Elegant Themes recently provided and update for Divi Custom Post Type support. When I first heard about the about I was really pretty happy about it.
We have heaps of sites using Divi custom post types. We have all sorts of single post pages and css that helps us do that and the thought of less custom code made me happy.
The update meant, in theory at least, we can dump a bunch of custom code and depend on Default Divi for solutions with custom post types. The theory is unfortunately not that practical.
A Flaw in the implementation of Divi Custom Post Type CSS
Unfortunately, when we updated to version 3.11.1 we found a minor disaster had occurred. The team at elegant themes had generated a gem of a style sheet filled with important statements and other wonderful gifts of poor css. This is injected by default on all of our custom post type pages. I was far from impressed and started to hunt around on what to do.
I looked at first trying to find out why I had so much funk in my pages. All new css rules and weird padding was making my head spin and then I identified a simple solution. Either role back or remove this style sheet.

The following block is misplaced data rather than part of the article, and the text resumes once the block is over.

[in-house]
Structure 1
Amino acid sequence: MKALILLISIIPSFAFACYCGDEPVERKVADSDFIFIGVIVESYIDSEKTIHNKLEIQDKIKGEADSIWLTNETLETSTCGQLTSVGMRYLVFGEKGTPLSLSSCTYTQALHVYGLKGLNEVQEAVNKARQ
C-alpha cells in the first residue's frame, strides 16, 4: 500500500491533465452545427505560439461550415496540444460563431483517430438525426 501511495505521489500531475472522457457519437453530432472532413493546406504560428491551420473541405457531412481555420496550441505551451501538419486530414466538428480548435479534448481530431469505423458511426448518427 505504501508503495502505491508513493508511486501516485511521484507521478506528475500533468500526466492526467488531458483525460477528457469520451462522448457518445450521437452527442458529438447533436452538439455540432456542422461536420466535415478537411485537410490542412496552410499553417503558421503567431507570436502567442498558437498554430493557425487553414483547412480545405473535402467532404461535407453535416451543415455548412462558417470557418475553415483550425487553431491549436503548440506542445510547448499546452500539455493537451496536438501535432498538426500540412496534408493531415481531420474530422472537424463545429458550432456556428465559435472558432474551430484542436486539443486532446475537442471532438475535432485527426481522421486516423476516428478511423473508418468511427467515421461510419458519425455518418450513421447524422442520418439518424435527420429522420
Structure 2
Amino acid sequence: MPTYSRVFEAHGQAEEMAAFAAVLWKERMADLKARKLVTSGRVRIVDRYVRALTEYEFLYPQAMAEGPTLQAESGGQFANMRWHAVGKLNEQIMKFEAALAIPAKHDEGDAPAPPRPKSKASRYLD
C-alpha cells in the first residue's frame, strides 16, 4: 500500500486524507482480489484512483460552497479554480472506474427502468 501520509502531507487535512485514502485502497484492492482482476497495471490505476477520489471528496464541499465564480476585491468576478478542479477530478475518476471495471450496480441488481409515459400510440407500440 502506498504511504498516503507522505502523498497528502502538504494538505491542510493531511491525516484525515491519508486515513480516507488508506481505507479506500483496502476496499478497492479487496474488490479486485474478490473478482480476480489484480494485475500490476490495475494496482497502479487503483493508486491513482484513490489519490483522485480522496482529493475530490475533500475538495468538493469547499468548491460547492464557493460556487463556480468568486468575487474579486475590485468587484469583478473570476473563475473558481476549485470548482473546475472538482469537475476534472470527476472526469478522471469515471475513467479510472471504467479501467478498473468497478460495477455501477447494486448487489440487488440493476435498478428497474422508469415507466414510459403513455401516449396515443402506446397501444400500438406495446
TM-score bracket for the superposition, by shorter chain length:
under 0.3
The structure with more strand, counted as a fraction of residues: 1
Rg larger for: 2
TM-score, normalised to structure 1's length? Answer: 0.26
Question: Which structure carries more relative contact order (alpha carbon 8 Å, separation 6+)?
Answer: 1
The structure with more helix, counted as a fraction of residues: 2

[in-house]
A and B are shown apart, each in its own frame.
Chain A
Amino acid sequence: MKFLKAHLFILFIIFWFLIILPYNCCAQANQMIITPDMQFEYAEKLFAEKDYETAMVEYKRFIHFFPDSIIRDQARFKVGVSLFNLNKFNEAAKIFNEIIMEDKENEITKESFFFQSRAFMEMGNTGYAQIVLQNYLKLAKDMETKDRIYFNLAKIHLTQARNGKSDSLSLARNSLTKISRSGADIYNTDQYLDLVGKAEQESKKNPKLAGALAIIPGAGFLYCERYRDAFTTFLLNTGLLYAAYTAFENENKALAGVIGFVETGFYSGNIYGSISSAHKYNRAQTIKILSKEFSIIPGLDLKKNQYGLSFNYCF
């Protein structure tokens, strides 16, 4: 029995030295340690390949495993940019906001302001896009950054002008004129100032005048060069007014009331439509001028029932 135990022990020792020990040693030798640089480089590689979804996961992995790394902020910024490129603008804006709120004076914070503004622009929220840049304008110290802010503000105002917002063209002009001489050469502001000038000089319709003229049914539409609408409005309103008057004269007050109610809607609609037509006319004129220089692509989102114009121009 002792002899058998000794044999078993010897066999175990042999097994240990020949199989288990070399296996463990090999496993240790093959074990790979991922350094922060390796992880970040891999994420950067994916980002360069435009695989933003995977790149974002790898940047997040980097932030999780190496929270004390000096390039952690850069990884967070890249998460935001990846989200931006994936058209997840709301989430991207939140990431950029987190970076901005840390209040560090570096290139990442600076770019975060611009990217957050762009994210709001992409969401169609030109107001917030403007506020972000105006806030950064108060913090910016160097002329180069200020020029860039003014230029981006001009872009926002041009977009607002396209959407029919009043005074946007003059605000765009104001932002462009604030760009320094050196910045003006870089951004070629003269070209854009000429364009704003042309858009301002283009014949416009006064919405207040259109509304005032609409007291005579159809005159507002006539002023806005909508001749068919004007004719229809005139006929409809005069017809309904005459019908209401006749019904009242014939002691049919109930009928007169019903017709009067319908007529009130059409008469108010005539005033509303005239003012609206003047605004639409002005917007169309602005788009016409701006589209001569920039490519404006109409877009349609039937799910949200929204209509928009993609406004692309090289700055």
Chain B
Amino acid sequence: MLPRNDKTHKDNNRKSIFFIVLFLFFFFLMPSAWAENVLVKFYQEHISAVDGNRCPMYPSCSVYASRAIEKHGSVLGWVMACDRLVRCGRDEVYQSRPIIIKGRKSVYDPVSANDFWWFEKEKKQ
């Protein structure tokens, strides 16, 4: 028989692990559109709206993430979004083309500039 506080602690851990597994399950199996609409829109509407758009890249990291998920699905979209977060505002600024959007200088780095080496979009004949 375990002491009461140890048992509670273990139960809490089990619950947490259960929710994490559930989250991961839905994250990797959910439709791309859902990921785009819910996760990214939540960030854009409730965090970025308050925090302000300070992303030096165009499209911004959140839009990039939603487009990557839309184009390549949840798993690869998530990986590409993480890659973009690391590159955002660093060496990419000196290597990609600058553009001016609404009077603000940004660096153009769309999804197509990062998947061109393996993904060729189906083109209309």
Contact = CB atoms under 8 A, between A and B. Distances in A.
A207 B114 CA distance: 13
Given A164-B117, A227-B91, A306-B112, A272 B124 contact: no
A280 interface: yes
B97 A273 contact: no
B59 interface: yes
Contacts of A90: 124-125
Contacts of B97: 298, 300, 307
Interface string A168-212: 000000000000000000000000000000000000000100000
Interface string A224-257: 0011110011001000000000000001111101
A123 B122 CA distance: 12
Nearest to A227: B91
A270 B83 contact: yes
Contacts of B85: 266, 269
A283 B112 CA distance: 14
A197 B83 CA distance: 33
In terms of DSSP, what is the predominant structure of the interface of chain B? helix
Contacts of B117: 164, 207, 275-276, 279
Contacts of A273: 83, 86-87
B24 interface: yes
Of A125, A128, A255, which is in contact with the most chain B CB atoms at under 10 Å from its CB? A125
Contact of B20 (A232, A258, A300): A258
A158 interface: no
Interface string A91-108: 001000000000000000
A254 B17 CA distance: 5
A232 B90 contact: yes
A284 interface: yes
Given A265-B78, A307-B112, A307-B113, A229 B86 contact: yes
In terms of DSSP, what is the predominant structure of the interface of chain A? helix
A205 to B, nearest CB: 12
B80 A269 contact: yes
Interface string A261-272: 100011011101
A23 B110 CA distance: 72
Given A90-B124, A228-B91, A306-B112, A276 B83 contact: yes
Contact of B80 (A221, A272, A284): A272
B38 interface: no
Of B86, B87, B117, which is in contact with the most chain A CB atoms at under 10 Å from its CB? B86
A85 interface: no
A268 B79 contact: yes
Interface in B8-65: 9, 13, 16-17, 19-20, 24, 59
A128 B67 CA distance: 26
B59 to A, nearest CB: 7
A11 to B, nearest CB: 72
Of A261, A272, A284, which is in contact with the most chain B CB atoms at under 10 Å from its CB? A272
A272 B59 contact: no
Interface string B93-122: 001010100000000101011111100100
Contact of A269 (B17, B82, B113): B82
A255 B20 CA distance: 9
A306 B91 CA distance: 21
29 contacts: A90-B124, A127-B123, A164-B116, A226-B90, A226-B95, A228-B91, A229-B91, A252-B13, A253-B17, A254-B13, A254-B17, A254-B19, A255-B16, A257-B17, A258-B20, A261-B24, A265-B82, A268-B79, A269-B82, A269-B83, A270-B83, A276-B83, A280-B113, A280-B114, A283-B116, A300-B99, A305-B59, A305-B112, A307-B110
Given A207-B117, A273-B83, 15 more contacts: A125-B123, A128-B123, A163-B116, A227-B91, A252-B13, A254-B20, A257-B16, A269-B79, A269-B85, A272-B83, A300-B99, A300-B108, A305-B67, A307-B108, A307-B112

The good thing is this style sheet is linked to a single action and that can be easily updated.
The new Action for Divi Custom Post Type CSS
In the Divi Theme a new custom post type hook was added with an action to link some css. This is a completely new style sheet taking the best and worst of the existing Divi Stylesheet with some additional sugar to “help” with your custom post types.
Unfortunately for me, it turned my pages into spaced our weird padding items so I had one simple solution, remove that style sheet.
Fortunately that is not to hard.
I placed the following gist in my child theme function file and everything was well in the world again.
If you are finding issues with this new Divi custom post type support, give this code a whirl and see if it helps you get some normal back into your sites.
How does this reflect on Elegant Themes?
The team at Elegant Themes are racing ahead on changes, and that is fantastic most of the time. However they don’t have a beta developer group. They also don’t have a way of testing new functions before the roll out of major updates. This means you need to keep a close eye on your updates and have a testing process. This was a critical step for the Divi Custom Post Type support feature.
We found that overall we need to be careful on all Divi updates. Often things break in a catastrophic way so be sure to get yourself a good support team on your commercial sites.
It would be great if Elegant Themes had a beta plugin that allowed new features to be enabled or disabled before being merged into the Divi Theme.
How did your site go with these updates? let us know in the comments.
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